- Several Discworld villains do this, because most Discworld heroes try to foil the villain's Evil Plan first or break the villain's power in non-fighting ways: The actual physical showdown then comes afterwards when the villain's danger level has gone from 'dangerous to the world' to 'dangerous to the heroes personally' and are looking for payback for their ruined plan. For an incomplete list, this is pulled by villains in Guards! Guards!, Witches Abroad, Men at Arms, Hogfather, Maskerade, Carpe Jugulum, The Fifth Elephant, Night Watch and Making Money. The villains of Snuff and Unseen Academicals actually have this trope defied on them when someone else decides to Shoot the Dog instead of letting them come back to haunt the heroes.
- At the end of Watership Down, General Woundwort has been faced down by the heroes' Big Guy and his troops utterly demoralized by the Waif Prophet. Then the Down rabbits' real plan comes into play - turning a large dog loose against the Efrafans. Even now, Woundwort will not seek sanctuary with his enemies. He dies fighting.
- The Power Rangers series has several examples of this:
Mesogog: Witness the face of...your final battle!
- In Power Rangers Lost Galaxy, after Trakeena loses her entire army (though that was because she had them perform kamikaze tactics), her ship is destroyed, and all her minions are gone, she enters the cocoon her father made for her to take on the One-Winged Angel form she was destined for and in an act of pure desperation, powers up the remains of the Terra Venture and attempts to crash it into the planet Mirinoi where the colony had flown to in an attempt to destroy them and the Power Rangers. Either she overlooked the fact that she would die too if she succeeded, she felt she was powerful enough to survive the crash, or she was just trying to pull a Taking You with Me.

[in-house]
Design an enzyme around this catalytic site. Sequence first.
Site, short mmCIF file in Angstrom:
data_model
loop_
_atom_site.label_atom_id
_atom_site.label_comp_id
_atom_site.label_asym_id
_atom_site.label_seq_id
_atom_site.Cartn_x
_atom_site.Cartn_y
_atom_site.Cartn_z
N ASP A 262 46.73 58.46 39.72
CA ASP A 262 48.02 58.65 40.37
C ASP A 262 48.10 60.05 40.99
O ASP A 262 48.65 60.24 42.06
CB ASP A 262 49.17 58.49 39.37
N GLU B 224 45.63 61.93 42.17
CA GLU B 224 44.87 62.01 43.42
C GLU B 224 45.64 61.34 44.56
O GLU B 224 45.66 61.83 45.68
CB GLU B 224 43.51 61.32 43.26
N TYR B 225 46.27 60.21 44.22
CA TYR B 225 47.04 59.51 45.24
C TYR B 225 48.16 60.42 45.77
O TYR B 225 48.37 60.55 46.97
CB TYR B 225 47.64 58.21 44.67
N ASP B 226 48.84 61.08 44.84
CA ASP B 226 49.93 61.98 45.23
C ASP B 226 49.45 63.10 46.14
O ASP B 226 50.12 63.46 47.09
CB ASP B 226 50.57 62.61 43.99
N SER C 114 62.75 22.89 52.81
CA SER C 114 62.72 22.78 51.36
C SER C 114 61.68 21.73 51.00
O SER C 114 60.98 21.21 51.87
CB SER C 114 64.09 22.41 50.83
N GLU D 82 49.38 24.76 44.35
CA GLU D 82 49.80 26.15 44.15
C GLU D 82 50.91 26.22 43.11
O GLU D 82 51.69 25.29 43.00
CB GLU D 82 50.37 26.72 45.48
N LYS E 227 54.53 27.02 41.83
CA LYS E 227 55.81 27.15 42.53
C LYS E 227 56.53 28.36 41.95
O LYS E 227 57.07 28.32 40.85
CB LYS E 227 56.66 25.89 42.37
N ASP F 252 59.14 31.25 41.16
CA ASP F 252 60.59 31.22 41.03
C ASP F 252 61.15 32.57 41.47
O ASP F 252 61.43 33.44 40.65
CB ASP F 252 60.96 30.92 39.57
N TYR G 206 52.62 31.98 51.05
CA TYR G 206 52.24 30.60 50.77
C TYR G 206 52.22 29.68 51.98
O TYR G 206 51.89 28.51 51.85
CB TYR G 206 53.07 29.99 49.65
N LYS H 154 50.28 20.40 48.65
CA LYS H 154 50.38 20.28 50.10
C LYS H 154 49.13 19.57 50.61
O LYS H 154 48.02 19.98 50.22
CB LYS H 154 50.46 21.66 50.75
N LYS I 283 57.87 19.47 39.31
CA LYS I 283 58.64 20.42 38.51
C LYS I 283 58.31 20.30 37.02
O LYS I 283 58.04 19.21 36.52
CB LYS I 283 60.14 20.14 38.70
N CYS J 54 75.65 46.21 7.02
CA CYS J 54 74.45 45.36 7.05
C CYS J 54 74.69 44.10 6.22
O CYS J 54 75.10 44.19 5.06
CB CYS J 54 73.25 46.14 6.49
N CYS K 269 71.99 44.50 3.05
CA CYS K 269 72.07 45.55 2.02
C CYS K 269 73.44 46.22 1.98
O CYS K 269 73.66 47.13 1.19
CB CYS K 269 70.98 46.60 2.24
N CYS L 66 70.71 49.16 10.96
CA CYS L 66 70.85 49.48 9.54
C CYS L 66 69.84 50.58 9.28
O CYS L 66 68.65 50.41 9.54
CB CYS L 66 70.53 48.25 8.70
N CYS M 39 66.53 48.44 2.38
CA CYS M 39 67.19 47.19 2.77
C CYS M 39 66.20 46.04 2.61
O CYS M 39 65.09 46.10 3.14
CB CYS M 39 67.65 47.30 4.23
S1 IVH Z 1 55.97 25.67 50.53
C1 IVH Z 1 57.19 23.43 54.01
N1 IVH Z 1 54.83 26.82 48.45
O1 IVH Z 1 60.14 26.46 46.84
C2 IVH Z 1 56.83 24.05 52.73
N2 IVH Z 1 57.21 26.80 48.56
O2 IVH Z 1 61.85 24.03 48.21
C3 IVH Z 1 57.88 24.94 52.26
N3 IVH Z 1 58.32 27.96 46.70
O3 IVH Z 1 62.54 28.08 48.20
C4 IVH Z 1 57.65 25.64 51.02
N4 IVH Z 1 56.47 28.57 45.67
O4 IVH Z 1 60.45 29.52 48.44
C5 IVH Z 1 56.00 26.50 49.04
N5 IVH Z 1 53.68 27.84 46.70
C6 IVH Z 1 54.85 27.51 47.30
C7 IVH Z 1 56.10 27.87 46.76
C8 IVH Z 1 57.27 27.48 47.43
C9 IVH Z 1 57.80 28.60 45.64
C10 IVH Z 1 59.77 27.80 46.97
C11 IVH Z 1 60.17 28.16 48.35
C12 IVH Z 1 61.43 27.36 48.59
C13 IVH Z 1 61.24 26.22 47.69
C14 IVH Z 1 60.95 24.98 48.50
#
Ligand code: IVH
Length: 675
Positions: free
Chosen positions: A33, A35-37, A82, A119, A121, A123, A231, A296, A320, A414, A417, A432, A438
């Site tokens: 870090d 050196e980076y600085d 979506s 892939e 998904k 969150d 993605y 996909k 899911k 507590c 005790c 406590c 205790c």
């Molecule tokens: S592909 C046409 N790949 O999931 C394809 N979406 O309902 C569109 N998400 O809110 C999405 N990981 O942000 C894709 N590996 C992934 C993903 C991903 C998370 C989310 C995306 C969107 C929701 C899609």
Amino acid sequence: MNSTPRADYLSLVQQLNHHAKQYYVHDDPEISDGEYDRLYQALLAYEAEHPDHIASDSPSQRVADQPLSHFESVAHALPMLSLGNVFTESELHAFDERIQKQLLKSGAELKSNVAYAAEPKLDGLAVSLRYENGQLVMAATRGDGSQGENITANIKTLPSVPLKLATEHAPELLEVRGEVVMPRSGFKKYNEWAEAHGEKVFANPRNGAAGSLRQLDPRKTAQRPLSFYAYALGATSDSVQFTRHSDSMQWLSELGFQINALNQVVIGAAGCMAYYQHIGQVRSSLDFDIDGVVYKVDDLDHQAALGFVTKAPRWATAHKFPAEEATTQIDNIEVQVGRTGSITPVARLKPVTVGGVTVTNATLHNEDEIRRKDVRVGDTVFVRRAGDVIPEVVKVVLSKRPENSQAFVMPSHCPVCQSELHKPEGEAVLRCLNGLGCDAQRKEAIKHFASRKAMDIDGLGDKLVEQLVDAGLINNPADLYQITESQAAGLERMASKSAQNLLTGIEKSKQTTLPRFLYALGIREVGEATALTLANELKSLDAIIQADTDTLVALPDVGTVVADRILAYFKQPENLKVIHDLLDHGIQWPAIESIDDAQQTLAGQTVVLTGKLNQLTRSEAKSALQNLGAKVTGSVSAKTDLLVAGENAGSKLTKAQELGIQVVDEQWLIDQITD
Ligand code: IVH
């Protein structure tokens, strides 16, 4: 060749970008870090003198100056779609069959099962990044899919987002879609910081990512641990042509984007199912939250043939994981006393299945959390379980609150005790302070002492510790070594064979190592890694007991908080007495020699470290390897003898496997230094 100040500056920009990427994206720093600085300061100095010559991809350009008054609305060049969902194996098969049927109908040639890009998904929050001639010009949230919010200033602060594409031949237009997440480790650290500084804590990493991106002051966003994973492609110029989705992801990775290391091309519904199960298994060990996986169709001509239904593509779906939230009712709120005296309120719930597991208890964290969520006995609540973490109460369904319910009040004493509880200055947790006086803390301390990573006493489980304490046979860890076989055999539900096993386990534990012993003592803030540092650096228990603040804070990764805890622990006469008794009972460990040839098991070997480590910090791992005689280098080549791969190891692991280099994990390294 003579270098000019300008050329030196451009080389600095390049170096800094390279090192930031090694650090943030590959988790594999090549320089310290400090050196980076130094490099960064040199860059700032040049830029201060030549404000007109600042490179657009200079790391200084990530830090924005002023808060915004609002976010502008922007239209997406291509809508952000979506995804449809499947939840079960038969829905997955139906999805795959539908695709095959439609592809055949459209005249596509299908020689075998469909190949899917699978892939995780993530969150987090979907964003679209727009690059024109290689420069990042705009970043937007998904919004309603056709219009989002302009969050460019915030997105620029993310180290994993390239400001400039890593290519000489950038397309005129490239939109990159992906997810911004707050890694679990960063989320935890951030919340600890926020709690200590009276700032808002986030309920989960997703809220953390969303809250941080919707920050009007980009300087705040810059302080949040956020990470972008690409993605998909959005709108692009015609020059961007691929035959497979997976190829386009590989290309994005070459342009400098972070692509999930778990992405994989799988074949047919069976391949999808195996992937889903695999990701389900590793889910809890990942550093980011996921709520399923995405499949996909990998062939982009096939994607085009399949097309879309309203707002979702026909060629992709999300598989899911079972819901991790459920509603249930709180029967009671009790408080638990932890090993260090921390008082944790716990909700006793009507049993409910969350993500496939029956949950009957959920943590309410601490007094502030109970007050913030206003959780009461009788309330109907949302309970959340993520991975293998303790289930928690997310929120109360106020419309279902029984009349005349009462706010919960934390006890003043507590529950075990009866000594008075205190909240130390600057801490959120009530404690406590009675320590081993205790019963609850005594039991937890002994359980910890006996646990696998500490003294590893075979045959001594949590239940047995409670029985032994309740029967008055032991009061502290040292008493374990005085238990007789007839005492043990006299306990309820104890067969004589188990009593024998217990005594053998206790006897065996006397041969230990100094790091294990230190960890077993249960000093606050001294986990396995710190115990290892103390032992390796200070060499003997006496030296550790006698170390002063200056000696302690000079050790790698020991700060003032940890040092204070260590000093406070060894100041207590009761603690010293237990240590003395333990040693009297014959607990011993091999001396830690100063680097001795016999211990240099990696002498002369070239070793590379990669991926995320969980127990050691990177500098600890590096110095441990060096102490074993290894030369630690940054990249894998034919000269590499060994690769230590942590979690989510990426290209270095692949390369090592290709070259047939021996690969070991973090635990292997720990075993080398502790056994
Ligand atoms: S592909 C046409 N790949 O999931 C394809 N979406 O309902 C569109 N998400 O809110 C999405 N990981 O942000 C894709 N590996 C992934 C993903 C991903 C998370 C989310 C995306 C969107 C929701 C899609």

- Power Rangers Time Force has Ransik taking a last stand as well. It is inverted when he nearly wipes out the Rangers single-handed - he gets his visor blown off, but it ends up with just him and a demorphed, barely-standing Jen. He's only "defeated" when he attacks his own daughter by mistake, at which point he realizes that being so obsessed with his hatred almost cost him the only one he loved. After that, he surrenders.
- An inverted version of the trope appears at the end of Power Rangers Wild Force. Even though the Nexus is destroyed, he has no more monsters, and his Co-Dragons have walked out on him, Master Org's final form after completing his transformation using the Org Heart is that of a One-Winged Angel so powerful that he singlehandedly brings the rangers the closest they've been to being defeated by destroying all of their Wild Zords, stripping them of their powers, and causing the Animarium to fall out of the sky. He very nearly won until the Wild Zords miraculously returned with all the lost Wild Zords, giving the rangers more power than ever, enabling them to destroy Master Org once and for all.
- Power Rangers Dino Thunder has this as well with Big Bad Mesogog: His minions are gone, his base is destroyed, his plans are ruined, and his Dragon-turned-Starscream's massive Zord failed to defeat the rangers. Mesogog then confronts the rangers, and states that he managed to absorb enough power from their Dino Gems to complete his transfiguration. After saying the line below, he evolves into Mesomonster, a self-replicating and nearly invincible beast. It takes literally everything the rangers have to destroy him.
- In Power Rangers S.P.D., Emperor Gruumm ultimately takes a last stand as well. After his army is destroyed and Omni has fallen, Gruumm erupts from the rubble of Omni's mechnical body and challenges his nemesis Doggie Cruger to one last battle. When Doggie wins, Gruumm orders him to end it, but Doggie refuses, instead cutting his other horn off and arresting him.